Too shy to talk? Somehow to me he always came across as the playful kind who fools around with skaters from all countries. And I thought he is close to Javier? Oh wait fooling around does not necessarily involve much talking...
Originally Posted by Elsa G
What is known, is that he has increased his training time -- he only used to train one or two hours a day on the ice, and didn't do any off-ice training. Now he trains three or four hours every day on the ice, and then takes ballet lessons for one hour/one hour and a half.
Originally Posted by jjane45
Orser has him do more run-throughs of his programs than he did before, and makes him train skating skills at the end of his training time, because when he's tired his strokes become 'short'. Yuzuru also said that when he fails a jump for a few times, he gets told to go and do something else.
Difficulty charts for languages are not much reliable, and in no way absolute. And by the way, the chart you posted rates difficulty for English speakers
Last edited by Kalina; 02-06-2013 at 02:02 PM.
Thanks for the insight into Hanyu's current training program, Kalina. That sounds like a sensible approach and good progress as well.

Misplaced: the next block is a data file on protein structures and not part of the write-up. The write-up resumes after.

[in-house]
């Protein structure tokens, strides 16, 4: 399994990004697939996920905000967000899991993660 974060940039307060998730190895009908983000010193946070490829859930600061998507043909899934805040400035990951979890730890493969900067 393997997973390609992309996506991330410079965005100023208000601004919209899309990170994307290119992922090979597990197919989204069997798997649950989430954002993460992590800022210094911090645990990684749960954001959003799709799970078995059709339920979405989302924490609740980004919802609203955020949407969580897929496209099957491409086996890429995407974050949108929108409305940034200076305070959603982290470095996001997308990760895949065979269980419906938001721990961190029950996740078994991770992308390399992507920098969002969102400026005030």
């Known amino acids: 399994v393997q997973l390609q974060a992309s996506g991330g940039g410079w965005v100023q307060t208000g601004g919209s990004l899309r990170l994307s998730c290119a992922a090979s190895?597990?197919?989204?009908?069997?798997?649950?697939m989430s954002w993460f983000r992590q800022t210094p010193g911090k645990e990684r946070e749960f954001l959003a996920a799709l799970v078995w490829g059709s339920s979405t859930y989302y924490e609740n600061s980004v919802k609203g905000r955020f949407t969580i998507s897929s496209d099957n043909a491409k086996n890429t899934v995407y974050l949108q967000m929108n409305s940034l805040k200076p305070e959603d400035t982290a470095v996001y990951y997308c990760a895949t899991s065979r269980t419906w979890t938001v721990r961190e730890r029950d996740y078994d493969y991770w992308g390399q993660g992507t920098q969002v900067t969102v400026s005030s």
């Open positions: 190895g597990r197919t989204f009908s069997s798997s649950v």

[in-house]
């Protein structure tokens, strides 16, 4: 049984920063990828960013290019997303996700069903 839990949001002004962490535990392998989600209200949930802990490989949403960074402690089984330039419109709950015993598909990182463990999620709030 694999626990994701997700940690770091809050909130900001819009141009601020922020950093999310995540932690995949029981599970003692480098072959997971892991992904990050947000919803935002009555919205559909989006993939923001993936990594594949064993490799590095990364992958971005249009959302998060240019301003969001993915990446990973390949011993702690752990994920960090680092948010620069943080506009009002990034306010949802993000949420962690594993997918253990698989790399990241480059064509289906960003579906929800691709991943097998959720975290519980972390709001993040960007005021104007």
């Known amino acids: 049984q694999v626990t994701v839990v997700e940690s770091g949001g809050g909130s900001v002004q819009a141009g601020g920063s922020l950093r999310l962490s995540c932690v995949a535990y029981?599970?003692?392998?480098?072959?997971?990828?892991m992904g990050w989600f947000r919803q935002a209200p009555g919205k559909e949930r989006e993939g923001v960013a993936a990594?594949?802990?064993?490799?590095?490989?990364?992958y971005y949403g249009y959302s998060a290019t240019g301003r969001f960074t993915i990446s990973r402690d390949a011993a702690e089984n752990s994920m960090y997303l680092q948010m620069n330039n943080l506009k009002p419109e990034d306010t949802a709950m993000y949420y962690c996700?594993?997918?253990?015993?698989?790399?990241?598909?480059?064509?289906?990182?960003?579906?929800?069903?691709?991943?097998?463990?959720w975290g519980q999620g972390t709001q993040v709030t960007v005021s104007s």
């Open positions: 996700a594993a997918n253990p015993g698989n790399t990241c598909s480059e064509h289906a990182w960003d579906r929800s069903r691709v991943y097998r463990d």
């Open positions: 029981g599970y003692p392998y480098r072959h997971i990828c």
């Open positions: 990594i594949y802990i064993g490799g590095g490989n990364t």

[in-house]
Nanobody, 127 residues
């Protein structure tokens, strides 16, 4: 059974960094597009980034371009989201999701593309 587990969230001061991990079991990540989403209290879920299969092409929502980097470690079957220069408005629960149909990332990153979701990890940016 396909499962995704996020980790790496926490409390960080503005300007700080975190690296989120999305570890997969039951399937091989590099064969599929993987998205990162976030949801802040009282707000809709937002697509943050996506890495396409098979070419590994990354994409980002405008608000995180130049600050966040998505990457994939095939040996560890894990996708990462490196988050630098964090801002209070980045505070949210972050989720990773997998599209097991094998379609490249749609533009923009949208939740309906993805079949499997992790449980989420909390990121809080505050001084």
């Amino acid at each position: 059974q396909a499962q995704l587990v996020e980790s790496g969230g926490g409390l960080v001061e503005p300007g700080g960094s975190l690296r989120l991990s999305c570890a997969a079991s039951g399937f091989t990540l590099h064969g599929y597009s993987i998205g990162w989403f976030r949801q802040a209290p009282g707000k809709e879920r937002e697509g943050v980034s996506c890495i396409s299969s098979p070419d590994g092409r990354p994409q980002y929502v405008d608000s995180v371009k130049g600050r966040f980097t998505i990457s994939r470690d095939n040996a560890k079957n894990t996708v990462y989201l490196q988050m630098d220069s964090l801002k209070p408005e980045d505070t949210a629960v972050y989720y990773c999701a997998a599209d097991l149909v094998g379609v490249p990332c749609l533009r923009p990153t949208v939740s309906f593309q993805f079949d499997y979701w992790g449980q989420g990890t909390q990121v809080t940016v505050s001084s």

As for learning languages, some people really do have a flair for learning a language in more than a merely utilitarian way. I have two friends, both Bulgarian, both of whom learned English rather late--around when they came here as adults. One creates beautifully constructed sentences; she has always been a bookworm and loves language of any kind for its own sake, and she also watches TV programs like Charlie Rose and goes to movies. She rarely makes grammatical errors except in things like past participles (she says "let we do this" instead of "let us," for instance). The other is fluent but less smooth, and she often constructs a substitute for what she wants to say instead of using the most natural and correct way of putting the phrase. But she is fluent enough that her wit and humor come across, and she is constantly improving. I'm not saying this to criticize, since both these friends put me to shame. Not only are they conversant in a second language besides their own (different alphabet, even), while my French has rusted over from disuse, but they are each also fluent in Russian. But it's interesting to hear the different degree of facility with English that both of these fluent speakers have developed.